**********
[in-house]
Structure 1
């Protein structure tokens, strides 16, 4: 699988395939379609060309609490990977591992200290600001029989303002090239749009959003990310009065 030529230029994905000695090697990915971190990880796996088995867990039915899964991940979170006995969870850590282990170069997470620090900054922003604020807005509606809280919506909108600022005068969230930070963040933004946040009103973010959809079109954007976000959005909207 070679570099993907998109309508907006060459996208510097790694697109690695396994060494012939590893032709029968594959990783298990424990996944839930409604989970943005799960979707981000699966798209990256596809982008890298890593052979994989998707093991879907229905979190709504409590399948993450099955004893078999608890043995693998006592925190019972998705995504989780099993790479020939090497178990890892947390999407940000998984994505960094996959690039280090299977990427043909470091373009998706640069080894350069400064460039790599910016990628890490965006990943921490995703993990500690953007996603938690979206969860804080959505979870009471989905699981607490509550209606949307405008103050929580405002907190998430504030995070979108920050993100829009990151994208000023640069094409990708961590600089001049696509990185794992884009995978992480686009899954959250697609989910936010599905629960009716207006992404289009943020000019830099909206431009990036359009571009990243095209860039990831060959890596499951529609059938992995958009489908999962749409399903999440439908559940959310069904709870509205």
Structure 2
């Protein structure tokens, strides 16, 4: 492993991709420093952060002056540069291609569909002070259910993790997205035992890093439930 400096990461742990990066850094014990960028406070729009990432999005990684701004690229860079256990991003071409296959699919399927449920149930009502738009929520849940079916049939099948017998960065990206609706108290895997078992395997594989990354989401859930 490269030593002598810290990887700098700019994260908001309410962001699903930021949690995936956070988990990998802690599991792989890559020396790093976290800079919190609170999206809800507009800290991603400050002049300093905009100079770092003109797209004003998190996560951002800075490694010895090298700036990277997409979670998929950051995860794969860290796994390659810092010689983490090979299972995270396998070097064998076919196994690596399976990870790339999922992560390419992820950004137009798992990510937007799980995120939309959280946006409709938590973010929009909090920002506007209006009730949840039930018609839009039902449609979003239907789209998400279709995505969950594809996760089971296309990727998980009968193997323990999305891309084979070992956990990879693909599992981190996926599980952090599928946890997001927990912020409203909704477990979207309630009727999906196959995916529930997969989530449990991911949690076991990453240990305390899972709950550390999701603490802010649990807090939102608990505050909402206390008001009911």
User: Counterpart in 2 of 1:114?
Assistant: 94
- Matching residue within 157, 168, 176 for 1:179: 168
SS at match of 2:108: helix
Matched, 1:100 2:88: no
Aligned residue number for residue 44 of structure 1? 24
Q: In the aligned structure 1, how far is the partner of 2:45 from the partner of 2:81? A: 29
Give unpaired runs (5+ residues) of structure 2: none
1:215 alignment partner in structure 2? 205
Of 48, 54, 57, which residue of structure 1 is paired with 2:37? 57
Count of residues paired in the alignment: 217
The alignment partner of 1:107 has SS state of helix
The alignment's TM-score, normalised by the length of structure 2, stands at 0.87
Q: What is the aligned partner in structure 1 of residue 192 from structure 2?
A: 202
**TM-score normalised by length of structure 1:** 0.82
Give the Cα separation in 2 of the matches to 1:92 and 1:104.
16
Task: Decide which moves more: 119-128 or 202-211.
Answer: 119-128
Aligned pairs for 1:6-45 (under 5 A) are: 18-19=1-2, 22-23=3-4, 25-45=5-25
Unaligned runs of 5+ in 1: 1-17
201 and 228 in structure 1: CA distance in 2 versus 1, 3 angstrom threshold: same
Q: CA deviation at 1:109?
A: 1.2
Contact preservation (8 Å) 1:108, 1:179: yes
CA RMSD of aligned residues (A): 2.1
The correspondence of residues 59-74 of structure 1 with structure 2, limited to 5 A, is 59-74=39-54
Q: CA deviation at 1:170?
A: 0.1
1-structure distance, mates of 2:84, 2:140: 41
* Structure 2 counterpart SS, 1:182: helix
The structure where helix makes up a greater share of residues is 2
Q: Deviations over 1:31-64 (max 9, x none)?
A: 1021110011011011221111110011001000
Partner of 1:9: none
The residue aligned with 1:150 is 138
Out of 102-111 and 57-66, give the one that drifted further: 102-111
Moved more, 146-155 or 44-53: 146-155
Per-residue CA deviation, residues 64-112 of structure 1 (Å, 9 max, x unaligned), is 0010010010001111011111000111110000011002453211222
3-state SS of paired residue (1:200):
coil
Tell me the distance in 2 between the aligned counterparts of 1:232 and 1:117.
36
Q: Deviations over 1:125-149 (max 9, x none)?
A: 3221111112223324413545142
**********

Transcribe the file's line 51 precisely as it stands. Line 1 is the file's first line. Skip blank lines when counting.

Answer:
A: 3221111112223324413545142